Last May, in a motion citing former Supreme Court Justice Louis Brandeis’ famous remark—”Sunlight is said to be the best disinfectant”—they petitioned the court to determine whether statements they had quoted in their own pleadings had to be redacted before they were made accessible to the public.

With the exception of patient health data and other patient personal or financial information, any claim by DaVita that much of the evidence in the case, if public, could harm the company “does not outweigh the public’s right to know,” the whistleblower lawyers said.

“This is particularly true given the nature of the defendants’ business: they are a health care provider providing care to hundreds of thousands of dialysis patients and their primary revenue stream is taxpayer dollars,” they wrote.

“DaVita executives admit they have a duty to the public trust, yet seek to deny the public access to hold them accountable.”

In a motion seeking permission to file more documents under seal or redact them before they are made available to the public, DaVita lawyers said the documents in question “have already been sealed or are subject to pending motion to seal because they reference confidential and commercially sensitive [prescription drug] dosing and wastage, confidential and commercially sensitive financial analyses or confidential and commercially sensitive contract terms and negotiations.”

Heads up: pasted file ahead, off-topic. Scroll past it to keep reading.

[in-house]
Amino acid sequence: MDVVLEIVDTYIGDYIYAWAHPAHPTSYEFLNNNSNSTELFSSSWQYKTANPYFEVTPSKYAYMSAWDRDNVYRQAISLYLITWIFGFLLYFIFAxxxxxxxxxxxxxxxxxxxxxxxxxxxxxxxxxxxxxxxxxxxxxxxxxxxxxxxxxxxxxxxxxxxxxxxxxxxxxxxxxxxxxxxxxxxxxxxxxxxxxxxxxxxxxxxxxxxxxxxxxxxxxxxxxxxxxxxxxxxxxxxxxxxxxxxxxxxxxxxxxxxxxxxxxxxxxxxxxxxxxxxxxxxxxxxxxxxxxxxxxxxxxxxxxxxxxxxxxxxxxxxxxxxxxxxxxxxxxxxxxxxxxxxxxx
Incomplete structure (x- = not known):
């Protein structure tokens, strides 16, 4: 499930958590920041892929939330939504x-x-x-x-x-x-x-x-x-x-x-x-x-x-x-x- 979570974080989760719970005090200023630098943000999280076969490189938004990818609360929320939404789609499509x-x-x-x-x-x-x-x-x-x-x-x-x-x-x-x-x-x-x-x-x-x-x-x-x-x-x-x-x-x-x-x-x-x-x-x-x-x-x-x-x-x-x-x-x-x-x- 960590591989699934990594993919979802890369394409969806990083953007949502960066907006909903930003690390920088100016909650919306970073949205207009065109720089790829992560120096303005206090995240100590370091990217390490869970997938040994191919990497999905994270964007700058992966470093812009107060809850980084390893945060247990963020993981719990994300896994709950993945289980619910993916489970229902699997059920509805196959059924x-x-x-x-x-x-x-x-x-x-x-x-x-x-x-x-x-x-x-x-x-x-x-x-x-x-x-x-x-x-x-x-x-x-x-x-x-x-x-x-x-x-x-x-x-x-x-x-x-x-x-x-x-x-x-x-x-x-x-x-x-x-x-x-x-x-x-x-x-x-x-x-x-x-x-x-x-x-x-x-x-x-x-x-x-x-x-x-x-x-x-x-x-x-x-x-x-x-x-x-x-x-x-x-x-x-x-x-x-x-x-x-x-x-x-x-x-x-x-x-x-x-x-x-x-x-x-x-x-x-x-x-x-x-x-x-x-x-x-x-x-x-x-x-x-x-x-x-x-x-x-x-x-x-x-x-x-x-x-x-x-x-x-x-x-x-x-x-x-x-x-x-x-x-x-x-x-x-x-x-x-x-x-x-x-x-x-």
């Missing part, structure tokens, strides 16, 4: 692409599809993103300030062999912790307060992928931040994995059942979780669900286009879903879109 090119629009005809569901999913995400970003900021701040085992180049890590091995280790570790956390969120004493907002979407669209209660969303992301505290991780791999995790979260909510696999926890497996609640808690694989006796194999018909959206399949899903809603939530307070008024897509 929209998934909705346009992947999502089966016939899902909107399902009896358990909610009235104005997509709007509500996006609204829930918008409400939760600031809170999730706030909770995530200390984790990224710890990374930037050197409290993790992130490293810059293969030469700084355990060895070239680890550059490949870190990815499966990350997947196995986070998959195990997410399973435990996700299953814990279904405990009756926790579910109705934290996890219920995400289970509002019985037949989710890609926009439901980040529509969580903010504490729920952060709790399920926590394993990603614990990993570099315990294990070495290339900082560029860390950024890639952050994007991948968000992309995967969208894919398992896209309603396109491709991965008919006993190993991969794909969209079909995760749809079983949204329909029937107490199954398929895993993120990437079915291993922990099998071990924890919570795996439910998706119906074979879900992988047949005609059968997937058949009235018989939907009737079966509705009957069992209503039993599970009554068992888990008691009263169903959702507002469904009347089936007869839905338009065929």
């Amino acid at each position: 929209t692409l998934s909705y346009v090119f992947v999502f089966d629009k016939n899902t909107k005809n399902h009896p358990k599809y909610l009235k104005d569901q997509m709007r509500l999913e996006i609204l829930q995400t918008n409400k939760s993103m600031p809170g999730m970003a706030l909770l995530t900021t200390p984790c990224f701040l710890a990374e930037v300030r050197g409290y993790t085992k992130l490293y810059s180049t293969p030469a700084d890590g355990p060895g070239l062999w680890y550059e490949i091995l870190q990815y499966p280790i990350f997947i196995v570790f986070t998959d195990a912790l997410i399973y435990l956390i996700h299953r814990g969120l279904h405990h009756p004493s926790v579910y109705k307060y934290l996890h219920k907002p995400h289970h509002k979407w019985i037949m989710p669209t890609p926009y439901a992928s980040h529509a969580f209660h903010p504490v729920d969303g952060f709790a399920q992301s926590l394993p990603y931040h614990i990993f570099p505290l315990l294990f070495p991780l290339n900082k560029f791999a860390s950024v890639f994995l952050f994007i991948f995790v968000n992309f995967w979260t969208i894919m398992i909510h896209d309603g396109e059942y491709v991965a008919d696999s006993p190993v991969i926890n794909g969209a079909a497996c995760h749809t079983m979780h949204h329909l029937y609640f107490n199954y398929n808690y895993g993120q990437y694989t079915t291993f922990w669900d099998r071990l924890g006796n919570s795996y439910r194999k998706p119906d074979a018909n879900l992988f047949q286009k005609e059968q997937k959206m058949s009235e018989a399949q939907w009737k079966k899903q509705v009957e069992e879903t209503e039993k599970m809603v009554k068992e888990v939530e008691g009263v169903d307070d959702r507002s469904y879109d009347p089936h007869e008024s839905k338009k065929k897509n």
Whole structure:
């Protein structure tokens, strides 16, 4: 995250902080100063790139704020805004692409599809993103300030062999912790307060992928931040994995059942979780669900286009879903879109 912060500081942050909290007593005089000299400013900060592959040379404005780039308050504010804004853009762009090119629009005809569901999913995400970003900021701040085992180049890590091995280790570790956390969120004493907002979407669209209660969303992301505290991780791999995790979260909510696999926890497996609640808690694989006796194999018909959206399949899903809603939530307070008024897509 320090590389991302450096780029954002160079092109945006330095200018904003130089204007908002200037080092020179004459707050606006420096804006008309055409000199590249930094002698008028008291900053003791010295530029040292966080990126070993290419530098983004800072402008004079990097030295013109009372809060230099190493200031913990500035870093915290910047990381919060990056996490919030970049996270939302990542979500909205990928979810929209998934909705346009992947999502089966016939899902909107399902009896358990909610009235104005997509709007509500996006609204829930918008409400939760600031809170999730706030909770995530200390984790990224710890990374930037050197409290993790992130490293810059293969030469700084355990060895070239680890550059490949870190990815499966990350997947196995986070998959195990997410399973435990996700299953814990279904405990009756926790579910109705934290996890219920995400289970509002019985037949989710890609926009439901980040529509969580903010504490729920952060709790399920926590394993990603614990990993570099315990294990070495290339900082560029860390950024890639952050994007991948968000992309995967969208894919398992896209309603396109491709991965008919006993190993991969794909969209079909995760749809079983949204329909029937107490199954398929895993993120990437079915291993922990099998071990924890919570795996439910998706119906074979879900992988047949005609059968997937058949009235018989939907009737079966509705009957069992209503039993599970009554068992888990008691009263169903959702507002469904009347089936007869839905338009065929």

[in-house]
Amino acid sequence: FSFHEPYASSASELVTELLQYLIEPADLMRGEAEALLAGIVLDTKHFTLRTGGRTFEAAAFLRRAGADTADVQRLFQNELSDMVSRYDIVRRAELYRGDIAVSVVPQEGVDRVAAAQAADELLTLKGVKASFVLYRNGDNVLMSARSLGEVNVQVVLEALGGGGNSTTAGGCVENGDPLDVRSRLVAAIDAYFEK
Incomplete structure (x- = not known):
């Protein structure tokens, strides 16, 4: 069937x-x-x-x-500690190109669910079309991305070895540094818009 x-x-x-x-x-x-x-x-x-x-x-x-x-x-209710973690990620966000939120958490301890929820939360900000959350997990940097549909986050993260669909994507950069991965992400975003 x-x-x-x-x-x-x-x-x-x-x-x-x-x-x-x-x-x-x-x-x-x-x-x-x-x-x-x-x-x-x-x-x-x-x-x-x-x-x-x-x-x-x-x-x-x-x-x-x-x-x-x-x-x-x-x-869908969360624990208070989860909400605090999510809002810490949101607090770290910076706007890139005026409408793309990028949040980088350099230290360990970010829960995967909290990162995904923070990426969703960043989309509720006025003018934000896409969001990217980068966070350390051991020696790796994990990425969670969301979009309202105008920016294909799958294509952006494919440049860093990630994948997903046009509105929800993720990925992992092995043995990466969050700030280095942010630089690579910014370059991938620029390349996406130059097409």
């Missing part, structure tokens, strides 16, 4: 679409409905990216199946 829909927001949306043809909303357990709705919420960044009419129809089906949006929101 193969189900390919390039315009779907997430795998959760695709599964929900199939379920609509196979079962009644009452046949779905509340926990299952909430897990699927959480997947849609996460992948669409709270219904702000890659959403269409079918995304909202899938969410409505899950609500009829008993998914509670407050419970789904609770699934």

Disclosure of the information “could cause DaVita competitive harm in future negotiations” with drug manufacturers, defense lawyers argued. “Moreover, this non-public information could also be used by private insurance companies with whom [the] defendants frequently renegotiate reimbursement rates.”
Citing a 2007 case from the U.S. Court of Appeals for the Eleventh Circuit ( Romero v. Drummond Co., 480 F.3d 1234), DaVita lawyers contended the Eleventh Circuit has determined “the common law right of access may be overcome by a showing of a party’s interest in keeping the information confidential.”

The appellate court held, in part, that “In balancing the public interest in accessing court documents against a party’s interest in keeping the information confidential, courts consider, among other factors, whether allowing access would impair court functions or harm legitimate privacy interests, the degree of and likelihood of injury if made public, the reliability of the information, whether there will be an opportunity to respond to the information, whether the information concerns public officials or public concerns, and the availability of a less onerous alternative to sealing the documents.”